Port Mahon Port Guide

When your western Mediterranean cruise nears its port of call at Port Mahon, you realize you're in for a treat. The 3-mile long fjord-like inlet that leads to the port is lined with old forts and passes by tiny islands of lush vegetation. Port Mahon is the friendly capital of the sophisticated holiday island of Menorca, one of a group of four that make up the Balearic Islands.

The port and city are situated on a cliff-edged site at the eastern end of the island; and the island itself is surrounded by more than 50 beaches. This site formed an excellent natural harbor and is one of the deepest in the world. Less well known than its sister islands of Majorca and Ibiza, Mahon's main feature is the fact that much of its territory is still pristine and untouched despite the development of the tourist industry.

Throughout the island one finds a unique collection of megalithic stone monuments denoting prehistory human involvement, turning this destination into a real prehistoric outdoor museum; cultural assets include ruins from the Bronze Age and over 200 truncated pyramids. Though English is spoken, Spanish is the official language and visitors would do well to learn a few simple phrases; currency is the Euro. The climate is moderate, but a light sweater or jacket may come in handy in the evening. There is a reasonably priced and efficient bus service that connects to all areas of the island, as well as taxis and rental cars. Motorcyles and bicycles are also widely used for sightseeing.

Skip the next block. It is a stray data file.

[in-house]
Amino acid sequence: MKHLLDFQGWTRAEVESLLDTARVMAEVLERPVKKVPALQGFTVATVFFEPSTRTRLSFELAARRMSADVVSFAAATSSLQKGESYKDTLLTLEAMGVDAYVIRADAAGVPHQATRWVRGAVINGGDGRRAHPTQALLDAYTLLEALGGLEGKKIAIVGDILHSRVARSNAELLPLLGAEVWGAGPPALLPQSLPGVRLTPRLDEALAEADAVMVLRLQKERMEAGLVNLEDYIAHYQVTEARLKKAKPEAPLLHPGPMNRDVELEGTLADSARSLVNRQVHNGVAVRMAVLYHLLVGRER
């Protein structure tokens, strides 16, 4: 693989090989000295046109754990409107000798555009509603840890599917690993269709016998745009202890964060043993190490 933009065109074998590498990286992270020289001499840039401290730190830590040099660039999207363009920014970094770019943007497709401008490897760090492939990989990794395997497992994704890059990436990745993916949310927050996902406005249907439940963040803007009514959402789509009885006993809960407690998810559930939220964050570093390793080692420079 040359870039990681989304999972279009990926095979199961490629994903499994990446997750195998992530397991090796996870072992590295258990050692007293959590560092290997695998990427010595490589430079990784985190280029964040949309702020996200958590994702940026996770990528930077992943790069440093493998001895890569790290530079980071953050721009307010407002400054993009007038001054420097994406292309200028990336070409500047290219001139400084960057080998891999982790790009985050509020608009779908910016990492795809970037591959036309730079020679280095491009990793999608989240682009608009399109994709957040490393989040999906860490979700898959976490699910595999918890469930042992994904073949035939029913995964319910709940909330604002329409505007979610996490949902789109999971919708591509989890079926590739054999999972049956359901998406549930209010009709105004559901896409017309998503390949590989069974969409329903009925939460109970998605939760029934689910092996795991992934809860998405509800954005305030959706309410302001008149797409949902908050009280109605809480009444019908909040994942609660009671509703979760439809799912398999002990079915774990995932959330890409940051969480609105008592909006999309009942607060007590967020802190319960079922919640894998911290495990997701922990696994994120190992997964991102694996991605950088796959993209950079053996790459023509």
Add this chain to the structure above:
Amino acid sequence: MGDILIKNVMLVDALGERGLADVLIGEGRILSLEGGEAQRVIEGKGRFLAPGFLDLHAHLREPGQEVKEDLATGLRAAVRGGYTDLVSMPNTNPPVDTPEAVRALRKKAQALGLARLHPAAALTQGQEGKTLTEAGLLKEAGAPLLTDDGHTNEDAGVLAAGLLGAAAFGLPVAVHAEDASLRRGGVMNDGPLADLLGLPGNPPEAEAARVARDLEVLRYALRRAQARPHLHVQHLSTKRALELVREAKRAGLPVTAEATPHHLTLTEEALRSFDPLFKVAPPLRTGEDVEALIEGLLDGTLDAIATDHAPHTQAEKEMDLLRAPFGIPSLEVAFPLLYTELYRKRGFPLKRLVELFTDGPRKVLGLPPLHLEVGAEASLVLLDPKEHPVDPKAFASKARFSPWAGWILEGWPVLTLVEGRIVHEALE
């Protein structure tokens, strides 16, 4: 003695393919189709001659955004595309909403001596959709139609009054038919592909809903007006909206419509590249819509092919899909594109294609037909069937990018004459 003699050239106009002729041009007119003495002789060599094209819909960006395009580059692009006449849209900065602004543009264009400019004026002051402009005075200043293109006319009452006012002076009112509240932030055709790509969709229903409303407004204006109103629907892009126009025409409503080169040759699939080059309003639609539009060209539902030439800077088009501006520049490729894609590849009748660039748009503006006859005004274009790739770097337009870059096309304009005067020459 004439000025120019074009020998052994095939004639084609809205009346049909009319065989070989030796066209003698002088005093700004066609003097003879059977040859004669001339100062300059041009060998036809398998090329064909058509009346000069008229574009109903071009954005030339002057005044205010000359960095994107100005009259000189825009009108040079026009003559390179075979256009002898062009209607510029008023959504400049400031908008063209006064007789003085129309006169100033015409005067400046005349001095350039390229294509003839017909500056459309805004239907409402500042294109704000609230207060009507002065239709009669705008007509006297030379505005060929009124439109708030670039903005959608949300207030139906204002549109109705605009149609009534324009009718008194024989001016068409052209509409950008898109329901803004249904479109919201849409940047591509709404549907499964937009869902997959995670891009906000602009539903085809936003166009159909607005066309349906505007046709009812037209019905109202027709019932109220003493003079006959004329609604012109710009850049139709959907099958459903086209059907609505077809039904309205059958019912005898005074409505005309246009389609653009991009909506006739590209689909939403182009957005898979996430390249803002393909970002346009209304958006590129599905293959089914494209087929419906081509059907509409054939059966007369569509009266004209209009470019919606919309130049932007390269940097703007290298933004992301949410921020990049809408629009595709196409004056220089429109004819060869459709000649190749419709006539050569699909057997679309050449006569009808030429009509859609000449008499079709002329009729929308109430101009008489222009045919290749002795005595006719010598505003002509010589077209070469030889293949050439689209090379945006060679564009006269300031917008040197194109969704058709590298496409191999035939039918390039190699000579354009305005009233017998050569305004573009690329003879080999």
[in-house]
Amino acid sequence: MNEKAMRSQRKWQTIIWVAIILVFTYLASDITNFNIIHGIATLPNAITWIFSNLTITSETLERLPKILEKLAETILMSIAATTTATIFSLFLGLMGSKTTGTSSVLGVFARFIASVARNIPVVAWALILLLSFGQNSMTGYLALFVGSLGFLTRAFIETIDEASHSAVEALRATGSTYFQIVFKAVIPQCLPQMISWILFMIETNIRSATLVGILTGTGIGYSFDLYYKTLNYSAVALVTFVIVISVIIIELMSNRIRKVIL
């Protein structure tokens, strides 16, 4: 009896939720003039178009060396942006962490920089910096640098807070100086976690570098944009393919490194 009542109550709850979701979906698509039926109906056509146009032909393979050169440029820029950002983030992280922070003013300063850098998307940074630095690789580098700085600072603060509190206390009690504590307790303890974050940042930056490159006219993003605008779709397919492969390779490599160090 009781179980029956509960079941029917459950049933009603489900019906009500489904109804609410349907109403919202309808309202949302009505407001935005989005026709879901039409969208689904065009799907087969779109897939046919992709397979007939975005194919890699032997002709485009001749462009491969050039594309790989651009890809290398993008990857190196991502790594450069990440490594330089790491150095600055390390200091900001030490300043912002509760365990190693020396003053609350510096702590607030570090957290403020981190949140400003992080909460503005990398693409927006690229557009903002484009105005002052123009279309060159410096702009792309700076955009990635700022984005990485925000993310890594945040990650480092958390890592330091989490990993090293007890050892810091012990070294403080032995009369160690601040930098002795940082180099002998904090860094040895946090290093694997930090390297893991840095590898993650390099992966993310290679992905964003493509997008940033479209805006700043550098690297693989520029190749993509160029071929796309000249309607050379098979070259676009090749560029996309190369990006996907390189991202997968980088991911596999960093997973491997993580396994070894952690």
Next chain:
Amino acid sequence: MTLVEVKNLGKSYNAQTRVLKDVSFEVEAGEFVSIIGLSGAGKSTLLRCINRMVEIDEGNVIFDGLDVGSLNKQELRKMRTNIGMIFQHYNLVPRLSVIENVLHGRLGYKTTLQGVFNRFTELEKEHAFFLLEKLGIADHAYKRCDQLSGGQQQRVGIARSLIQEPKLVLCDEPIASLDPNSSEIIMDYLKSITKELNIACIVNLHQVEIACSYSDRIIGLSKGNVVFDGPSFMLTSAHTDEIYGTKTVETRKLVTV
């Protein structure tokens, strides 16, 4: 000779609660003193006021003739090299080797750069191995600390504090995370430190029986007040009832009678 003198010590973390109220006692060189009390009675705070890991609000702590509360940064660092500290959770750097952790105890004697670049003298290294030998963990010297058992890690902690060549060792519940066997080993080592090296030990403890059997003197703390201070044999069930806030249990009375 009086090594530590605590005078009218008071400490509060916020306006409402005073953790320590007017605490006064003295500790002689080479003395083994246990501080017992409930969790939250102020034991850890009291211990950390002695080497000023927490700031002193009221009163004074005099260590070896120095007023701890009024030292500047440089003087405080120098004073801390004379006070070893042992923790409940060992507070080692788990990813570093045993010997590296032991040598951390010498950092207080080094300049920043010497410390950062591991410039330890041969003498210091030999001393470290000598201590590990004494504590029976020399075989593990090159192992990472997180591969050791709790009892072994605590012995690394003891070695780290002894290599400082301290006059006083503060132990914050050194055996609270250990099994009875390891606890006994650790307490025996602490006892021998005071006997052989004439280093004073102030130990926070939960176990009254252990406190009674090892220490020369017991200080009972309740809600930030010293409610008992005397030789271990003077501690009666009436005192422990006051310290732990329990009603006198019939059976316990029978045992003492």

There are several small boutiques near the harbor itself. From there, take the Rampa de la Abundancia that leads to the Plaza de Espana where will be found market stalls lining the arcades of the former Carmelite Friary. Locals will be happy to guide you to small, out-of-the-way shops not usually visited by tourists.

Things to See

The amazing Mahon Port is an adventure unto itself for those interested in maritime history. Near the pier is the Xoriguer Gin Distillery where one can tour, sample and purchase this local liquor. The Albufera de Grau Nature Reserve and the Es Colom small island constitute a very interesting offer for international tourists. Museums of Art, Architecture and Natural History as well as an abundance of awe-inspiring churches give one a sense of the ancient history of the island. English-style Gregorian houses and Catalan-Gothic architecture abound. Several beautiful towns and small picturesque villages and farms dot the island. Beaches and coves of different sizes and characteristics offer something for every water-lover. In Cuitadella, coves are really paradisiacal; the most visited are Cala Blanca, Cala Santamaria, Cala en Brut, Cala en Forcat and Cala en Blanes.

Restaurants and Bars

Along the lively harborfront are found many small, casual cafes; the city proper contains cafes and restaurants from casual to somewhat more formal serving up both local and traditional fare. The Mirador Des Port Restaurant overlooks the tranquil waters of the Mediterranean with gorgeous seaside views; reservations strongly suggested here.


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